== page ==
Marketing is key, and a lot of it comes down to being able to boil a show down to a tagline or a 30-second teaser. Even though these short glimpses aren't enough to sell what they're truly about, they're enough to pull audiences in For Sense8, though, the show's complicated premise made it pretty much impossible to reduce to an easily digestible piece of advertising. Sense8 was a twisty, deep, and engaging journey from start to finish, but it could also, at times, be a very, very confusing path to follow, making it hard for Netflix to explain to potential viewers or even friends to sell the show to each other through word of mouth. While for many fans this was part of the series' draw, it was also a big turnoff for others, and just another obstacle in finding a way to draw in viewers.

Reviews weren't always great

Netflix shows are generally well reviewed. Sense8, though, earned the ire of some critics when it premiered, with many accusing it of wasting its premise and being, as Entertainment Weekly's Melissa Maerz put it, "the very essence of Too Much." While critics praised the series' diverse cast and its gorgeous visuals, many just had too much difficulty figuring out what was going on to give the show a positive review, resulting in the series debuting with a 67 percent on Rotten Tomatoes

While this is definitely a respectable rating, it comes nowhere close to the first seasons of other Netflix originals. Orange is the New Black earned 93 percent for its first season; House of Cards earned 86 percent; 13 Reasons Why also earned 86 percent. The critical confusion surrounding the series might have turned off some potential fans, leading to lower viewership numbers and less social media buzz than Netflix was hoping for.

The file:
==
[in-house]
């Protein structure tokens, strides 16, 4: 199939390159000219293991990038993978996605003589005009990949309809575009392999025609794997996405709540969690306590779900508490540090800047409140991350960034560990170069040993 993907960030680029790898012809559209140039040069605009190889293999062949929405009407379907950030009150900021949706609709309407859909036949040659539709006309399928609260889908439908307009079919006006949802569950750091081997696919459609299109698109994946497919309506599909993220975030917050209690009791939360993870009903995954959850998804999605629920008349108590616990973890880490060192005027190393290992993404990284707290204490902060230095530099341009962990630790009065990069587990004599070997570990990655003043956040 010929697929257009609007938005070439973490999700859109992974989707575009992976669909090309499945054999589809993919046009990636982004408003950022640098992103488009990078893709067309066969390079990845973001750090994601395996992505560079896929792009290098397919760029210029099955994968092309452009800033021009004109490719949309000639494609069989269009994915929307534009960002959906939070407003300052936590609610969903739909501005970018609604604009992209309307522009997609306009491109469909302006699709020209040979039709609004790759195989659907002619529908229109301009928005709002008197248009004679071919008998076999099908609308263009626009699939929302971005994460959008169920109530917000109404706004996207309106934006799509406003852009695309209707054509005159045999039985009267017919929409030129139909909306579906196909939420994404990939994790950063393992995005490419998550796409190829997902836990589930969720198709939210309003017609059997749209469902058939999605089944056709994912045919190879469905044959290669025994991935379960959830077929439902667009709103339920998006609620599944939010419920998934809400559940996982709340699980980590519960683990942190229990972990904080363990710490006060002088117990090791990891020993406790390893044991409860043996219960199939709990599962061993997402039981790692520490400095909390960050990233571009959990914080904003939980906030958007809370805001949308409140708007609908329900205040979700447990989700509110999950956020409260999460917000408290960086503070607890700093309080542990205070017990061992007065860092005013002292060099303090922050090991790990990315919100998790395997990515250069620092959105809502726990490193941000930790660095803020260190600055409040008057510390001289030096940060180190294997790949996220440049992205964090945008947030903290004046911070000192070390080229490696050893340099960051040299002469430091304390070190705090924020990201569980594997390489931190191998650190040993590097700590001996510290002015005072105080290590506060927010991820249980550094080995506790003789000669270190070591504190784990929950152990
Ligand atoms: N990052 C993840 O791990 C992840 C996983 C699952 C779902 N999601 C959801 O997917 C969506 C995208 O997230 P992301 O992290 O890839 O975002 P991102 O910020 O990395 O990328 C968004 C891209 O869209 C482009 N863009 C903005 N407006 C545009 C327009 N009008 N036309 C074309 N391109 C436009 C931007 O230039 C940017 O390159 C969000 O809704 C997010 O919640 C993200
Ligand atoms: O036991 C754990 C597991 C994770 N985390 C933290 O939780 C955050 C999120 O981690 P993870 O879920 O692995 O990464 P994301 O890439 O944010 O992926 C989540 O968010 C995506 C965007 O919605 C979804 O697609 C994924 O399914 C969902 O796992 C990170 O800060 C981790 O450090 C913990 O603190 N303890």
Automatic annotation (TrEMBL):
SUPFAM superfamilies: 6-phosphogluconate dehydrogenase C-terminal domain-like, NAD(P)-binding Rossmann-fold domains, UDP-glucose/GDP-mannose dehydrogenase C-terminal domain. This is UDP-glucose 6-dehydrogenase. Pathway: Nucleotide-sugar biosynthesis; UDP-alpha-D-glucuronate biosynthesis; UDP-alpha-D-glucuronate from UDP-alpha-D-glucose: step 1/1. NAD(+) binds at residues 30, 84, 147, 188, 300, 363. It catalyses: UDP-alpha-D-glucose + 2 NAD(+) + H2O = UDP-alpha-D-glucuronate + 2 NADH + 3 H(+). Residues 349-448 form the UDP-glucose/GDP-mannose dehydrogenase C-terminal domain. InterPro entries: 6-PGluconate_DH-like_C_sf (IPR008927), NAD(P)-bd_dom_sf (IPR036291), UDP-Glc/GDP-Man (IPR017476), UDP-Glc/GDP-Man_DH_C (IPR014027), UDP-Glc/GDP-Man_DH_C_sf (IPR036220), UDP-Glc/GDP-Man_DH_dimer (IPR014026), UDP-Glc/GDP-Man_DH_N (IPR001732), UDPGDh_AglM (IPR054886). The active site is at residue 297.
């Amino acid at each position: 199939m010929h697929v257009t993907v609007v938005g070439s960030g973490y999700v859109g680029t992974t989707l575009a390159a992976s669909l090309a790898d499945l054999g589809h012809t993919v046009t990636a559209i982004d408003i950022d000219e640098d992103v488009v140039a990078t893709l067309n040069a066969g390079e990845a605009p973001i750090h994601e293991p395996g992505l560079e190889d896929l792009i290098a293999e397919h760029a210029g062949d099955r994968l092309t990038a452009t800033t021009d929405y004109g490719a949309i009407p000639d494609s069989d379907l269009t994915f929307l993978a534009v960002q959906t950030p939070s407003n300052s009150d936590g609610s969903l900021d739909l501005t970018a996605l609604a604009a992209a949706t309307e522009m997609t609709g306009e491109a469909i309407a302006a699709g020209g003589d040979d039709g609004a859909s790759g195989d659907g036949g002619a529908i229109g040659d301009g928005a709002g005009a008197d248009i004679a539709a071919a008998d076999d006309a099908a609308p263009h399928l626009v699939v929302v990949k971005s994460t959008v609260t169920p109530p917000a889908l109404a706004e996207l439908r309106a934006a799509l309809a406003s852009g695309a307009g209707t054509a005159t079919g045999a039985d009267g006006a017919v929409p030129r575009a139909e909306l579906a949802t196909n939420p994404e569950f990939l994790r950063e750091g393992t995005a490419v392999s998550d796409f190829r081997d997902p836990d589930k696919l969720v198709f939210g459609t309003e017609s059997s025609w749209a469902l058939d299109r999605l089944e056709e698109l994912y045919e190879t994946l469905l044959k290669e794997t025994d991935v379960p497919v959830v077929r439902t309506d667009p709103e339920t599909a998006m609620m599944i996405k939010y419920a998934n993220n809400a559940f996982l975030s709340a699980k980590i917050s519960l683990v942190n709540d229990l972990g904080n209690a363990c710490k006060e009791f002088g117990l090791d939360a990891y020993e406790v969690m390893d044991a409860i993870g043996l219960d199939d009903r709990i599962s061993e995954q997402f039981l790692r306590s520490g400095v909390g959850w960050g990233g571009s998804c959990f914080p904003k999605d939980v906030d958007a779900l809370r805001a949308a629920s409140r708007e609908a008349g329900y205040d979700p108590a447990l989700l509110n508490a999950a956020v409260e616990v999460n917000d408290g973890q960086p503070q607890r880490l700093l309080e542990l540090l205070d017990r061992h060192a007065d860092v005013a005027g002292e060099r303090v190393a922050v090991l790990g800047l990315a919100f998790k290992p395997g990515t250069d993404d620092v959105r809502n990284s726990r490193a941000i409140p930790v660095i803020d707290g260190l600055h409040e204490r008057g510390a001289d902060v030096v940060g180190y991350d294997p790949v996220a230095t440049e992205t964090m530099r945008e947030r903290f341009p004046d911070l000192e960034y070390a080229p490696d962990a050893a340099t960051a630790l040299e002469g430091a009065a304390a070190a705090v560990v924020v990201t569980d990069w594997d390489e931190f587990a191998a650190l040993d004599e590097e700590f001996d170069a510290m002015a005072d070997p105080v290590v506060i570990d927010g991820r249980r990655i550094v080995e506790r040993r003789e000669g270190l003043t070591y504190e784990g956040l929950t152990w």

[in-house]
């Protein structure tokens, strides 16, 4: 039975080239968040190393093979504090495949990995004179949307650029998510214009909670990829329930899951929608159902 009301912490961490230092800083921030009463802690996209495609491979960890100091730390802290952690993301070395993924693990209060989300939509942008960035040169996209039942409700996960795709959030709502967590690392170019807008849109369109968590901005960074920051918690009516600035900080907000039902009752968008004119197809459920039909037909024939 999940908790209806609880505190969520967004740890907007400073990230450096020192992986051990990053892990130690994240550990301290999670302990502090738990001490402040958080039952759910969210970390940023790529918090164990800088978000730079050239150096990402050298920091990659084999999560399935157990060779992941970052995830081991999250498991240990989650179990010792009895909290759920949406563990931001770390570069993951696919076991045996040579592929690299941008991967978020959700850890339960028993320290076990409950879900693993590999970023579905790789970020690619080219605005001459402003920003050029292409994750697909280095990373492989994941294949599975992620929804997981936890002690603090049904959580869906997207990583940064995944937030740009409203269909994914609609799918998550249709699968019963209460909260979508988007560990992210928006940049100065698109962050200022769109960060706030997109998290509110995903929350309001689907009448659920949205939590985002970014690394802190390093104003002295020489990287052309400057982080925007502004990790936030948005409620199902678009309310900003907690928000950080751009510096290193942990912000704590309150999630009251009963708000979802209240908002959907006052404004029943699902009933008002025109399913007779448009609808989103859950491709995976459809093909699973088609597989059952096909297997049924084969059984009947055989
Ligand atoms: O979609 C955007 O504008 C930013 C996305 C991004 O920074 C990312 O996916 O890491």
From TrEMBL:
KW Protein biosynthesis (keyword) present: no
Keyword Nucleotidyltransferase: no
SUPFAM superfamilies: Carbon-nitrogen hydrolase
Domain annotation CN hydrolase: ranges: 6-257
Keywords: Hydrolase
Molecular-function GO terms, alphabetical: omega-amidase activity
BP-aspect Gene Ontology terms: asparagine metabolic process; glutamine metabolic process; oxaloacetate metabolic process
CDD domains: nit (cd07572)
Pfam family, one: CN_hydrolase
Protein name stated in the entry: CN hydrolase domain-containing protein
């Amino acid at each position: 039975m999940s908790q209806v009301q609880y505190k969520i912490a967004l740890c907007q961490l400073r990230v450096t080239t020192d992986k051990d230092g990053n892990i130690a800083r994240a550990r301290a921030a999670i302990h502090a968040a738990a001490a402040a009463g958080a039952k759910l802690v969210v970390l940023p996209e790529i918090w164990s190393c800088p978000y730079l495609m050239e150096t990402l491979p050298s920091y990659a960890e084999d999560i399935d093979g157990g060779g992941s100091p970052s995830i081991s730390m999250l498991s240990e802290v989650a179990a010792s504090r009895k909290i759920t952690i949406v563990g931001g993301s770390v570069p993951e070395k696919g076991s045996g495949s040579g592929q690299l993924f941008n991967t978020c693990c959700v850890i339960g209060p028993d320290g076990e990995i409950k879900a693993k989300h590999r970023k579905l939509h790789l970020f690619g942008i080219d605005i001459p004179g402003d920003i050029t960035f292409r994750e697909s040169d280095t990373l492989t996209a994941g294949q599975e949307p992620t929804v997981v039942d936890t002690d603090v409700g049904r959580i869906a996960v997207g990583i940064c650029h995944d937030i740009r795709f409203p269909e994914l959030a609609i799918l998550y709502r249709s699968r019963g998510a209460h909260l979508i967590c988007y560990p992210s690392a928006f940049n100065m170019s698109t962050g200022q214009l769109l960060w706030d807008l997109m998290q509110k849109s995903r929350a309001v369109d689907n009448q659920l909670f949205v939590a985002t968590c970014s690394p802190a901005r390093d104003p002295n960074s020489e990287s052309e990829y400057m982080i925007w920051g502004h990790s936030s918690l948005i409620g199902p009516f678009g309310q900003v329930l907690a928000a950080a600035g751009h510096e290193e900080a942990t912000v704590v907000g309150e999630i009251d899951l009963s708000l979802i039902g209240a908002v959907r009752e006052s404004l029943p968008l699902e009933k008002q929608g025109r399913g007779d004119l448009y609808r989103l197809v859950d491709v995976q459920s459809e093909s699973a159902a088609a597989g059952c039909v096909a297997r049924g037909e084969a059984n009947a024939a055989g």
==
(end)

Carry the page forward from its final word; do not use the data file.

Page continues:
It improved over its run, but many viewers had already stopped watching

Sense8 improved over its run with critics and with fans. The first season had an increasingly dramatic trajectory, and by the end, many fans were hooked; the second built even further on this, earning far better marks from reviewers and falling at a much more respectable 86 percent on Rotten Tomatoes. However, the problem with a show that builds to better quality is that it's always going to be hurt by the short attention spans of viewers who stopped watching after the first 10 minutes.

Sense8 didn't have the same immediate hook as other well-received series, which meant it had already lost a lot of viewers before it found its stride. Although the show's quality continued to improve throughout seasons one and two, it wasn't enough to re-hook lost viewers.

A lack of major award nominations

Netflix has had a long history of award-friendly shows, with its originals racking up Emmy and Golden Globe nominations left and right. (Orange is the New Black currently holds six Golden Globe nominations, 13 Emmy nominations, and four Emmy wins; House of Cards has two Golden Globe wins, six Golden Globe nominations, six Emmy wins, and 39 additional Emmy nominations.) Sense8, meanwhile, earned one Emmy nomination for Outstanding Main Title Theme but failed to garner any other major award nods. Its biggest win came for a GLAAD Media Award for Outstanding Drama Series in 2016, a huge accomplishment and representative of the show's mission of promoting diversity and inclusion, but not necessarily enough to give the show the name recognition and easy advertising that comes with Emmy and Golden Globe noms. Awards shows are a great way to get the name of a lesser-watched show out there to try and gather new viewers—this is another area where Sense8 failed to expand its audience.